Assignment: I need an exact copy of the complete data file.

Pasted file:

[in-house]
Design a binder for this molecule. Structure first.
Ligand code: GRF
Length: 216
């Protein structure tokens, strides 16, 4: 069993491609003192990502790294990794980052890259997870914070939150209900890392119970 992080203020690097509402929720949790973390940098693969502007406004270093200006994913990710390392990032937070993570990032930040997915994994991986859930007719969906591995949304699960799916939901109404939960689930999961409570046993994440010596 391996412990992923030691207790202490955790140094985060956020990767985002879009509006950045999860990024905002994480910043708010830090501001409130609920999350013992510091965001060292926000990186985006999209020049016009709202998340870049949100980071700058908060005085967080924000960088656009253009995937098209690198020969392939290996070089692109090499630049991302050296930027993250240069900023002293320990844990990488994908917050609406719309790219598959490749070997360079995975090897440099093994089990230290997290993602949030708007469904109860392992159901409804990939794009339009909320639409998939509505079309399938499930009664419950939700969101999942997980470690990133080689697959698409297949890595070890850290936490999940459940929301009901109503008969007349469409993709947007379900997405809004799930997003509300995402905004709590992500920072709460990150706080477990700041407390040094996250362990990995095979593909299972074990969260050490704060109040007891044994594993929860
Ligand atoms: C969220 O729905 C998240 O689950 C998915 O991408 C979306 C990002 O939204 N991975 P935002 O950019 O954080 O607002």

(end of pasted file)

[in-house]
Design a binder for this molecule. Structure first.
Ligand code: GRF
Length: 216
């Protein structure tokens, strides 16, 4: 069993491609003192990502790294990794980052890259997870914070939150209900890392119970 992080203020690097509402929720949790973390940098693969502007406004270093200006994913990710390392990032937070993570990032930040997915994994991986859930007719969906591995949304699960799916939901109404939960689930999961409570046993994440010596 391996412990992923030691207790202490955790140094985060956020990767985002879009509006950045999860990024905002994480910043708010830090501001409130609920999350013992510091965001060292926000990186985006999209020049016009709202998340870049949100980071700058908060005085967080924000960088656009253009995937098209690198020969392939290996070089692109090499630049991302050296930027993250240069900023002293320990844990990488994908917050609406719309790219598959490749070997360079995975090897440099093994089990230290997290993602949030708007469904109860392992159901409804990939794009339009909320639409998939509505079309399938499930009664419950939700969101999942997980470690990133080689697959698409297949890595070890850290936490999940459940929301009901109503008969007349469409993709947007379900997405809004799930997003509300995402905004709590992500920072709460990150706080477990700041407390040094996250362990990995095979593909299972074990969260050490704060109040007891044994594993929860
Ligand atoms: C969220 O729905 C998240 O689950 C998915 O991408 C979306 C990002 O939204 N991975 P935002 O950019 O954080 O607002």